In her book, Stepmonster: A New Look at Why Real Stepmothers Think, Feel, and Act the Way We Do, Wednesday Martin, points out that women are often expected to be nurturers to already difficult and suspicious children and to impose some kind of order on the household, which is angrily and bitterly resented by many stepchildren. Stepchildren are incredibly powerful in the remarriage dynamic and can create divisiveness between spouses.  The children are not to blame, but acknowledging the fact that they do and can affect a remarriage can help us to understand, as Martin calls it, stepmother reality. 

This article is not intended to scare or dissuade women from marrying men with children, it is however; to inform and educate.  I became a stepmother at the age of 27 and I had no idea what I was in for.  The journey has been equal parts rewarding and challenging. The majority of the research regarding stepfamilies focuses on the children and this is important.  Children don’t pick their stepparents and their welfare is paramount.  What is missing from the stepfamily literature is the point of view of the stepmother.  It is important to not only validate how difficult the journey is for stepmothers, but also to educate on ways to make it easier for all parties involved.  Below are tips to help stepmothers on their quest to move away from the stereotype of wicked stepmonster into a much more comfortable and likeable role.

  • Plan one-on-one activities with your stepchildren (Get to know the kids with fun activities that they chose.)
  • Don’t take on the role as disciplinarian (This may come later, but must never come at the beginning.)
  • Know the limits and boundaries of your role (This is a conversation that must take place with your significant other from the very beginning.)
  • Make time for the couple (This is a must! Date night should be regularly scheduled.)
  • Work at building a relationship with the bio mom (This may not be easy, but will make a huge difference for the children. It can really cut back on the problem of divided loyalties.)
  • Never criticize bio mom in front of the children or allow the children to criticize bio mom (Maintaining integrity at all times is a must. We model for our stepchildren the type of behavior we hope to see in them.)
  • Communicate clearly with your significant other about your fears, concerns, and feelings (Stuffing these will just lead to resentment.)
  • Make time for yourself (You time must still be a priority. Don’t lose yourself in the process.  The happier you are, the better equipped you are to handle tough situations.)
  • Never lash out in anger (Take a timeout and cool off before handling the really tough stuff.)
  • Work as a team (The children must never see you disagree about them in front of them. These conversations are to be private and quiet. If not they will divide and conquer.)
  • Don’t be afraid to ask for help (Seeking help from a professional, sooner rather than later, can make all the difference in a marriage.  Know that every stepfamily has trouble and it is no reflection of you or your character to admit that you need help.)

Ashley Womack has a bachelor’s degree in psychology, a master’s degree in counseling and is currently a doctoral student at Texas A&M University-Commerce. She is a licensed professional counselor intern and a licensed chemical dependency counselor. Ashley has worked in community mental health for several years and is now a therapist at Insight Counseling of Paris www.insightcounselinggroup.com . Her specialty areas include substance abuse counseling and child-centered play therapy. She is also teaches counseling classes at A&M University-Commerce.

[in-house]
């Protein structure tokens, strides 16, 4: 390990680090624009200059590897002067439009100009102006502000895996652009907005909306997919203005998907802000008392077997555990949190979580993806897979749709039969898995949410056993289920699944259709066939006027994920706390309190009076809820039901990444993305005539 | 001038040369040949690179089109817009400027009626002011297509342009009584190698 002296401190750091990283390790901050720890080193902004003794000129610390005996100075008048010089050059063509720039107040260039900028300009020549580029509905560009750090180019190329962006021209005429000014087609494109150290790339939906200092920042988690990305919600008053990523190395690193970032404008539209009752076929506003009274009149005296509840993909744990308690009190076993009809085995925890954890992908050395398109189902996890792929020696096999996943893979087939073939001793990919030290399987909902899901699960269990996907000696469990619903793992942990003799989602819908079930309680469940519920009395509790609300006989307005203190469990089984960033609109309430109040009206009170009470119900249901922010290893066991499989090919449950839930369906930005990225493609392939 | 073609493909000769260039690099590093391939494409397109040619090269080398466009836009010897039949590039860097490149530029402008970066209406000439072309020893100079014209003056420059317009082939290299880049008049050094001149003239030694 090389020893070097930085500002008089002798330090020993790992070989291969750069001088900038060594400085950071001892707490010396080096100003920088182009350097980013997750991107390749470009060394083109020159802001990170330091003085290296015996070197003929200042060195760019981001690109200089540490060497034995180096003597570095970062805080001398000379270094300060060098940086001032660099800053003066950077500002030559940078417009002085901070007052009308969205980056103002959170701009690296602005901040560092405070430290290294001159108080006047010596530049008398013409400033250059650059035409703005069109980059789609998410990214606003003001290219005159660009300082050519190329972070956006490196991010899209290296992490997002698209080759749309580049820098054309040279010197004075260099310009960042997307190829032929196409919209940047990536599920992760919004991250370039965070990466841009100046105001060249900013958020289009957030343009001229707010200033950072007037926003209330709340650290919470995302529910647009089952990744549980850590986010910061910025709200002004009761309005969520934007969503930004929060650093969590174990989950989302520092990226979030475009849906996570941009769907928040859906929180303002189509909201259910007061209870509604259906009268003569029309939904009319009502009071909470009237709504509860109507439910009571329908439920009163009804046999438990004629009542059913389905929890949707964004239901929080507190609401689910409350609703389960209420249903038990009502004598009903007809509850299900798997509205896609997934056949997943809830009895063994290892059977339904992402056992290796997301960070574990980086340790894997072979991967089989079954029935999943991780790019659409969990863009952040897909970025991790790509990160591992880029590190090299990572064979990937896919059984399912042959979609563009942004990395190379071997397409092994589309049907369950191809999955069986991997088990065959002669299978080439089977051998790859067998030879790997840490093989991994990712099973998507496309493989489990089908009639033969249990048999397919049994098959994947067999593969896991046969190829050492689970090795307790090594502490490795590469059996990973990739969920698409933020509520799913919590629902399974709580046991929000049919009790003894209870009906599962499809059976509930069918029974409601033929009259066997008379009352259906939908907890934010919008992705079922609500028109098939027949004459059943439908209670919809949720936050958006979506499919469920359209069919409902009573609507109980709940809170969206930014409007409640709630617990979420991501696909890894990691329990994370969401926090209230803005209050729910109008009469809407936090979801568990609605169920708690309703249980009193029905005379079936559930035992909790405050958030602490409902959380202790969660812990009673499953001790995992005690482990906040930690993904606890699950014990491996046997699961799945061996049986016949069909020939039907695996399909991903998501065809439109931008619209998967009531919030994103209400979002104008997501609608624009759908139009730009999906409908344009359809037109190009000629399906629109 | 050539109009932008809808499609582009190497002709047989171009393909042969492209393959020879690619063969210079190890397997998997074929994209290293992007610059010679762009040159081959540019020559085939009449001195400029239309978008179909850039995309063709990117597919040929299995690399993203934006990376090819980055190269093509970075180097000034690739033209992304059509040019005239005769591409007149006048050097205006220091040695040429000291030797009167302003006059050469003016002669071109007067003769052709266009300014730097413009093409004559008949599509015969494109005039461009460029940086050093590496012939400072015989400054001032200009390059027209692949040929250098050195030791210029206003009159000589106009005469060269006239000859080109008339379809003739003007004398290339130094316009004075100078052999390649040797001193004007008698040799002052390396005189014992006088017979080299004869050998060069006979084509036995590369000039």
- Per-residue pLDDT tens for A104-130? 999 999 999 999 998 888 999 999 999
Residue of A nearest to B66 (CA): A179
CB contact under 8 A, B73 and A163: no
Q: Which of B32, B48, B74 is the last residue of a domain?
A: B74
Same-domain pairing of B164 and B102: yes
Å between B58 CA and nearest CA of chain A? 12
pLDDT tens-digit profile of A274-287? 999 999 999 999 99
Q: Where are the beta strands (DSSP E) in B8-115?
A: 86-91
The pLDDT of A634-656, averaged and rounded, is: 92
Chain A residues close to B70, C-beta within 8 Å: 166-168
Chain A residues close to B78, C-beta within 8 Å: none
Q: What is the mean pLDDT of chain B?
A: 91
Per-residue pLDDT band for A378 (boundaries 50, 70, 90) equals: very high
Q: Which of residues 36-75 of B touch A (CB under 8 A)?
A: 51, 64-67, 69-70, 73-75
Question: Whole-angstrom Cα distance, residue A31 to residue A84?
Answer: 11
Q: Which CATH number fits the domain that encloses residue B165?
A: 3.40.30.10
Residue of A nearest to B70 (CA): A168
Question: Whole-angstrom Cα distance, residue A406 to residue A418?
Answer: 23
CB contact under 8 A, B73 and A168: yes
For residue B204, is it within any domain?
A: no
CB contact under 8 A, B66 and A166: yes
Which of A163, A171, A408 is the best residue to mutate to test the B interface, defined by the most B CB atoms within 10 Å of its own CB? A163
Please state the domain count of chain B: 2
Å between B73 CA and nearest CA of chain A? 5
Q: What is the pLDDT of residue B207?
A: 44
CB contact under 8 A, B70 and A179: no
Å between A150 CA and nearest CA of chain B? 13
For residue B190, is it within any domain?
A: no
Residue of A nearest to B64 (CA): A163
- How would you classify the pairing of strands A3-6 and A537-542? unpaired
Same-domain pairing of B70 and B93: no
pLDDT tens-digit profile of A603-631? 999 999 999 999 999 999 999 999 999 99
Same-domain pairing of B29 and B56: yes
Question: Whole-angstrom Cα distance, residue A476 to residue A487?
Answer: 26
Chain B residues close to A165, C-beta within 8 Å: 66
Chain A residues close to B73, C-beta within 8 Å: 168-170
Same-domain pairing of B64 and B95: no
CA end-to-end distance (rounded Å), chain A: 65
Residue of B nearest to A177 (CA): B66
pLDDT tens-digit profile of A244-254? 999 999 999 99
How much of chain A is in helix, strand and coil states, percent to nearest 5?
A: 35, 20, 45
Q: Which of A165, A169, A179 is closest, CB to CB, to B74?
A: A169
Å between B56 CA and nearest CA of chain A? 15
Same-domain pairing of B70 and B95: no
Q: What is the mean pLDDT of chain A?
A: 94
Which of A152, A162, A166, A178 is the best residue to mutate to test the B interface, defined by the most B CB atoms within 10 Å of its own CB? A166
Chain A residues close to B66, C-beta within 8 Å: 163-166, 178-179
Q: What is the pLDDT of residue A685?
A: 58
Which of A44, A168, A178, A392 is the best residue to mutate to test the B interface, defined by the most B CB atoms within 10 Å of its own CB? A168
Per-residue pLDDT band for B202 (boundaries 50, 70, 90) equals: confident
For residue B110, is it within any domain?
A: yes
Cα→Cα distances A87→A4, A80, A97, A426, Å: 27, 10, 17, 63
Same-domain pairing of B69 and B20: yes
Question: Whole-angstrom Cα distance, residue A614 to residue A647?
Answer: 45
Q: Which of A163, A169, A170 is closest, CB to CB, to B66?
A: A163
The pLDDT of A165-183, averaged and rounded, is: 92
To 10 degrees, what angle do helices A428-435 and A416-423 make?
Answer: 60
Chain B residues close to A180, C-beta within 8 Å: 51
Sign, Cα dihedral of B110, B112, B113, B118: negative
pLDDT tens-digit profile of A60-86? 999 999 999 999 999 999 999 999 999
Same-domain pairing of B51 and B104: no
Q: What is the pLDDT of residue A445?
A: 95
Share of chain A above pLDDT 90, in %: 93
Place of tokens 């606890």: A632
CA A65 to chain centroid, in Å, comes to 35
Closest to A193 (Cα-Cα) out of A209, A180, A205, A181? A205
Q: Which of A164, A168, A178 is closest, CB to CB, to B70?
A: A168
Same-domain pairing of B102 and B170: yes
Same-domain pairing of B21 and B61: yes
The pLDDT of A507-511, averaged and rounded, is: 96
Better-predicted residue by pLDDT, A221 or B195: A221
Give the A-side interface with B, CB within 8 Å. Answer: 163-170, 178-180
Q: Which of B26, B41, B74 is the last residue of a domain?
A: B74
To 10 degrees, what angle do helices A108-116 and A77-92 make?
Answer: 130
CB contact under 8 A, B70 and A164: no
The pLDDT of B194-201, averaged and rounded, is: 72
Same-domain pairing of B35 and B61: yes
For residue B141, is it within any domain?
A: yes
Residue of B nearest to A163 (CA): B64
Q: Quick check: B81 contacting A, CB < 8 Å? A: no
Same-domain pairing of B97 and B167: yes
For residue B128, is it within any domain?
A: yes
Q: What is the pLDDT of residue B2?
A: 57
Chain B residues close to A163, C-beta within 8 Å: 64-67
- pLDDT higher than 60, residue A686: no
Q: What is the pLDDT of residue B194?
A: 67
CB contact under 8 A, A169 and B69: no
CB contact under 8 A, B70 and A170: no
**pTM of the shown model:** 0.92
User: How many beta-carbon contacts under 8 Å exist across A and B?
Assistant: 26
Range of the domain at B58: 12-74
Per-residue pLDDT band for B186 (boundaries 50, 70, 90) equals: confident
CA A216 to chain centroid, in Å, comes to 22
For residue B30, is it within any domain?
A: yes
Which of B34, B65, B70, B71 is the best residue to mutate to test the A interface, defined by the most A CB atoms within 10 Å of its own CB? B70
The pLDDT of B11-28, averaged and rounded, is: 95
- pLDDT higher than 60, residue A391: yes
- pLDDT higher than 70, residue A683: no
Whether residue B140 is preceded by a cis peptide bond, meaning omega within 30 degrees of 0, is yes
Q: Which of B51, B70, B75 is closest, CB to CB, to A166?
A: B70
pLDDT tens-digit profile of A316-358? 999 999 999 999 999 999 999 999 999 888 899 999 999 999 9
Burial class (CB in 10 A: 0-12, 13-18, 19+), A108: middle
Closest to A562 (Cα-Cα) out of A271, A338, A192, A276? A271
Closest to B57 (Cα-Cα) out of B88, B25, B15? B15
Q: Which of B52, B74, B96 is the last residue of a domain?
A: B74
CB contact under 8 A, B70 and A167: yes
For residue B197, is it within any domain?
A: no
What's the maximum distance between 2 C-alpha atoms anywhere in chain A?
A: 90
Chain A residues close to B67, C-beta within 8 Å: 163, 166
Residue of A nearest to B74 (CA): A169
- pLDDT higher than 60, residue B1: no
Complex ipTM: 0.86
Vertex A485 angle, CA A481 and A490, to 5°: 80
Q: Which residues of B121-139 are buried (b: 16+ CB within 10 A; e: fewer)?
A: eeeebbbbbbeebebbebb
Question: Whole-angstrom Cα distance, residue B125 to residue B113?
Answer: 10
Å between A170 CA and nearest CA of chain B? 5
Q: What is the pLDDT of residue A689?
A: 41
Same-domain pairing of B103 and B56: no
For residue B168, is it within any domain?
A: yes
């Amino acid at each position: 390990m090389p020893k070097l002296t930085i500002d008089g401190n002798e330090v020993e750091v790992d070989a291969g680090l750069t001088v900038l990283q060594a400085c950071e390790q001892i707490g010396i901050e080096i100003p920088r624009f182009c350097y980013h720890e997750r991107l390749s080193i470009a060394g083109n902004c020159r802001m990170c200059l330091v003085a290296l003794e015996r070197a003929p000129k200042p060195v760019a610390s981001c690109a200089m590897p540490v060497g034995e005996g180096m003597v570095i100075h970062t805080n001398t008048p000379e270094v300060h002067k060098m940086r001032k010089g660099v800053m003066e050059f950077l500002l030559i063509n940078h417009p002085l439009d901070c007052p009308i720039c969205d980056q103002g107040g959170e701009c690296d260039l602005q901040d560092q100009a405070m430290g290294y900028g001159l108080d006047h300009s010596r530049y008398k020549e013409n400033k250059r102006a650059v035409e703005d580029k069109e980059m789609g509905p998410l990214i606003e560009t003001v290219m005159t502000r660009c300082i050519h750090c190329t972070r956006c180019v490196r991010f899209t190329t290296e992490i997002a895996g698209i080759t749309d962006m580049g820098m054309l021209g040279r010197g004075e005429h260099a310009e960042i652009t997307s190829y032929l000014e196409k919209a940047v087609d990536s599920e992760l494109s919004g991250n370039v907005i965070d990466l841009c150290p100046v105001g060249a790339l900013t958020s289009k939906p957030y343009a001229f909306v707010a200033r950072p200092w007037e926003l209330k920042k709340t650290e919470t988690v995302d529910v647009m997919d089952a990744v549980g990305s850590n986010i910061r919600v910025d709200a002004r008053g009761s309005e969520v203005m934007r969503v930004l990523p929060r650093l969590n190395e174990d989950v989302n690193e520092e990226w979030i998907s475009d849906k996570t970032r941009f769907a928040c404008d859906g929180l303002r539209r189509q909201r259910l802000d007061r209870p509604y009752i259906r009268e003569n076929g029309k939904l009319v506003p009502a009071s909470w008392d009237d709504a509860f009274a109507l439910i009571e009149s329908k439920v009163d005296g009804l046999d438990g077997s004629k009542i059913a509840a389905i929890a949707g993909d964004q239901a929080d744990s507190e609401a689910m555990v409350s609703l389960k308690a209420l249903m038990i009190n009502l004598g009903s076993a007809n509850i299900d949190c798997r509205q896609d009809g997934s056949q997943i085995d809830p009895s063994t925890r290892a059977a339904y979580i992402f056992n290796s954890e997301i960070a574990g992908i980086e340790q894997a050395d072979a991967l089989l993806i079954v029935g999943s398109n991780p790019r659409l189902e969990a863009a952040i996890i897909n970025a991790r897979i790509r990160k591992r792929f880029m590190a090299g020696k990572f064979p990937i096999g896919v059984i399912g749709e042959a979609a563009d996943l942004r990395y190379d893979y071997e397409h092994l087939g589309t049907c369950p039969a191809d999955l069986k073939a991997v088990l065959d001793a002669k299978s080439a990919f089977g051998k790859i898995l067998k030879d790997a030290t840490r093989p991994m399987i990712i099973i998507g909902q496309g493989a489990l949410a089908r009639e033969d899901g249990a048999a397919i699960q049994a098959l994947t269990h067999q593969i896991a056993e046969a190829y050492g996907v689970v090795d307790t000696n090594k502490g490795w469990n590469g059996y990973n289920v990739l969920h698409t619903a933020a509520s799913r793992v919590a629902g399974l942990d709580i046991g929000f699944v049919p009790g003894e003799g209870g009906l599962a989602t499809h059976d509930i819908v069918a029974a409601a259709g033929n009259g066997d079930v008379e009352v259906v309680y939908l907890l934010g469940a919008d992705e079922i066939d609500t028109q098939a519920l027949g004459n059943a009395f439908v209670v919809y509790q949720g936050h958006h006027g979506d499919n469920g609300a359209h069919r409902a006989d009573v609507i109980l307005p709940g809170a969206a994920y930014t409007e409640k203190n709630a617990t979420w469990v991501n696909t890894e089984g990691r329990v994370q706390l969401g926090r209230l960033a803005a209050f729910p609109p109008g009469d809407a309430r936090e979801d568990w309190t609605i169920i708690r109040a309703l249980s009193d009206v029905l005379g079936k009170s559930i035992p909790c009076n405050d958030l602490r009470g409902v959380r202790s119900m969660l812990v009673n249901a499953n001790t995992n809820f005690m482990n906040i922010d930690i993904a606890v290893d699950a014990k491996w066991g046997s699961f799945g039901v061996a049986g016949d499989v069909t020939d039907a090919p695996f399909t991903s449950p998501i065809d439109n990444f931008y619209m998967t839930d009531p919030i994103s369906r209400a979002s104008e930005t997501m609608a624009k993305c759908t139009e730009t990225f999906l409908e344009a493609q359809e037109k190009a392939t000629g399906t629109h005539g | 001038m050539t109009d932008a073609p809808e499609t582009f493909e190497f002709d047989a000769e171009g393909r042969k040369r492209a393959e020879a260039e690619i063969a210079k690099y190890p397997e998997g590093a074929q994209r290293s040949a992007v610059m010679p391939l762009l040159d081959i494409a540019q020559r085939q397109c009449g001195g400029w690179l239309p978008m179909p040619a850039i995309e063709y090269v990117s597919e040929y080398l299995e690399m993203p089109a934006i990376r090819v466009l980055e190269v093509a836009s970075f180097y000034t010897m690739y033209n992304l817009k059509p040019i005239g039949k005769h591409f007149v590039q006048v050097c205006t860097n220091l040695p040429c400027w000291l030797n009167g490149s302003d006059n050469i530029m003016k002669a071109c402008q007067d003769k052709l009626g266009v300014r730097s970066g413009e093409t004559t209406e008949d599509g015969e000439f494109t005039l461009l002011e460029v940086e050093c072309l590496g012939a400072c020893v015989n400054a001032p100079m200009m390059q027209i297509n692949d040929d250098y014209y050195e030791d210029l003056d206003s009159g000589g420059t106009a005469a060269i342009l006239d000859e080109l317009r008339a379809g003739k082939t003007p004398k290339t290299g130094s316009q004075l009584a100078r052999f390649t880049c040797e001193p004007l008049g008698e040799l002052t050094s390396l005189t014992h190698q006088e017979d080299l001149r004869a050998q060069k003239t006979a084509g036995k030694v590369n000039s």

The Real Hunger Games

I admit it, I have not read “The Hunger Games,” but between the title and its immense popularity with young teenage girls, I could not help but think of the millions of young people who struggle in real-life hunger games: eating disorders.  According to the National Institute for Mental Health, approximately 2.7 percent of all 13 to 18 year olds suffer from a severe eating disorder.  Individuals battling these destructive disorders are literally dying to be thin and are affected  across many aspects of functioning: physical, social, emotional, occupational, and school, and are these disorders are often fatal. 

According to the American Psychiatric Association (2008), eating disorders include two specific diagnoses, anorexia nervosa and bulimia nervosa, (Diagnostic and Statistical Manual, 4th ed., Text Revision, p. 583). But then, you probably already knew this, and you probably also know that anorexia nervosa is characterized by the refusal to maintain a minimally healthy body weight, an intense fear of gaining weight, and significant disturbances in the perception of the shape or size of his or her body.  You also are probably already aware that bulimia nervosa, is characterized by binge eating and inappropriate compensatory methods to prevent weight gain. 

However, here are some scary truths you may not know about these deadly disorders:

  • Girls are more than twice as likely as boys to develop an eating disorder
  • Refusal to eat and maintain a healthy weight can lead to severe starvation and weakening of the heart muscles, causing cardiac arrhythmias
  • Hospitalizations for eating disorders increased by 40% in the last decade
  • Eating disorders have the highest mortality rate of any psychiatric disorder.
  •  In particular, anorexia nervosa has a higher mortality rate than any other cause of death among females between the ages of 15 and 24, according to the National Institute of Mental Health.

 

  • Binge eating followed by purging, either by vomiting or by using laxatives, can lead to severe dehydration and gastrointestinal problems.